The Australia SailGP Team takes a heart-stopping win at Event 2: San Francisco SailGP.
The team started the day in second place behind rivals Japan SailGP Team, helmed by fellow Australian Nathan Outteridge. Damages to Australian's wing during the previous day may have kicked the team’s confidence down, but they were by no means out. Super tight racing between the event’s top leaders, with a treacherous crash landing into the finish in Race 4, saw Great Britain SailGP Team nearly throw Australia out of match race contention. Luckily Australia was able to dust off, win Race 5 and overtake Japan SailGP Team in the match race final, leaping back onto the top of the overall leaderboard for the second time in SailGP Season 1.
Yesterday proved trying for Australia SailGP Team. After sustaining some internal damages to their wing during Race 1, the team could not perform to the best of their capabilities.
“When the wing breaks, we’ve got such a short amount of time in-between races you can’t really effect a proper repair… Shore guys worked overnight to pull the control system apart and check all the other components and fix what was broken in there. We’ve gone through the data to see what actually happened, but now we’re good to go,” remarks wing trimmer Kyle Langford.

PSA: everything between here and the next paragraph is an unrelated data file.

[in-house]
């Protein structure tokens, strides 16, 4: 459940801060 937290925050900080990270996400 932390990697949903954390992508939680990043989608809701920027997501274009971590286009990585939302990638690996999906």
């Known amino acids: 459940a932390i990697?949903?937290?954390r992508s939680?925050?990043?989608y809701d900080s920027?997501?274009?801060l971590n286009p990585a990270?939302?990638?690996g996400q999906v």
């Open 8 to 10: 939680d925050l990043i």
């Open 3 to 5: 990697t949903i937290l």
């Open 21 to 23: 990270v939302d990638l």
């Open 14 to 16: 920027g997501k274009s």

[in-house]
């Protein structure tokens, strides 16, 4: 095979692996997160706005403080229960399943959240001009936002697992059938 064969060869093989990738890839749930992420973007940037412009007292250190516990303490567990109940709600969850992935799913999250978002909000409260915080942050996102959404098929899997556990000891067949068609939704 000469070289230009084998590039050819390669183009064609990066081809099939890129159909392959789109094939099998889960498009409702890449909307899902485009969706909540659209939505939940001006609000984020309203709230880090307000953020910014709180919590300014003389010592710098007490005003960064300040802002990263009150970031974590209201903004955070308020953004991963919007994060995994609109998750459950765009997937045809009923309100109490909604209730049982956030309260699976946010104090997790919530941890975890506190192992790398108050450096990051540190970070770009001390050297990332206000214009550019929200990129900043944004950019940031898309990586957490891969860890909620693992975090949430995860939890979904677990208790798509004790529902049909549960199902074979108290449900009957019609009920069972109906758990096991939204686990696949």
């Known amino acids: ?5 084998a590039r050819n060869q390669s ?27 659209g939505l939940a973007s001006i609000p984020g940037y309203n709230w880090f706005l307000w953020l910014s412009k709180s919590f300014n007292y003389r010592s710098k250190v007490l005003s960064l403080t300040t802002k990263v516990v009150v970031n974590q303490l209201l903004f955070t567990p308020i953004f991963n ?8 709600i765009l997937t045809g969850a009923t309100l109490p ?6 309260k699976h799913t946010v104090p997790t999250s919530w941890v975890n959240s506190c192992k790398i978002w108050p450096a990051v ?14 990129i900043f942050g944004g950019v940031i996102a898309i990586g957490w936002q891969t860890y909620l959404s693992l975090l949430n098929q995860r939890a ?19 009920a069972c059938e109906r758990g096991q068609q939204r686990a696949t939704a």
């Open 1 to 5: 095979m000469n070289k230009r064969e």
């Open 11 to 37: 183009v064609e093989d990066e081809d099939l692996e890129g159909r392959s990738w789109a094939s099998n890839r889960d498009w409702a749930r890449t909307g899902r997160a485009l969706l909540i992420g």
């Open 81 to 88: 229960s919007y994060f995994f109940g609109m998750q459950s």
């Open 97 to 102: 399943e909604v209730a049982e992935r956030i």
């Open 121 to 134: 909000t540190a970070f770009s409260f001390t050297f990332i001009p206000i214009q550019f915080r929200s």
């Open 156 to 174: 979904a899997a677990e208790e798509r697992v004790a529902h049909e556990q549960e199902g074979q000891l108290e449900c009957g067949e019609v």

After a night's sleep, helmsman Tom Slingsby understood the position his team was in, yet he appeared level-headed, like the true competitor he is, stating, “We do reset. It's nice having the confidence; you get that feeling you just have to put together a decent race and you’ll win, whereas at the moment, it feels like we need to do a better race than normal to win which is not the position we want to be in. But today’s a new day and we’ve made some changes to the boat which we know are going to improve our speed and manoeuvering, so we’re going to be a lot better today.”
San Francisco really turned it on for both sailors and spectators alike offering a breezy 12-17 knot wind range for the athletes to contend with. Hitting the ground running, Race 4 saw four team’s, including Australia, biting the start early providing United States SailGP Team, helmed by Rome Kirby, a nice lead going into the first mark. The fleet of F50’s could not have been closer together, crisscrossing one another on multiple race legs. Australia sat just behind Great Britain until Japan sneakily came inside around the final mark. Australia absolutely pushed it out heading into the finish hoping to edge out Japan until a heart-stopping crash metres away from the finish line dropped the boat off the foils, drifting into the finish taking third.
“We had a really nasty crash going into the finish on Race 1. We went for a codenamed ‘eagle,’, which means drop both boards and fly like the sacred eagle to try and finish before the Japanese. But unfortunately, the boards sucked down more than we anticipated and we pretty much almost went into a pitchpole at about 40 knots to about 7. The boys on the front handles got a little banged up, but to their credit, they pulled through and toughened up for the next few races of the day. Happy that nothing broke and we were able to get a good rebound from that, “ says a relieved flight controller Jason Waterhouse.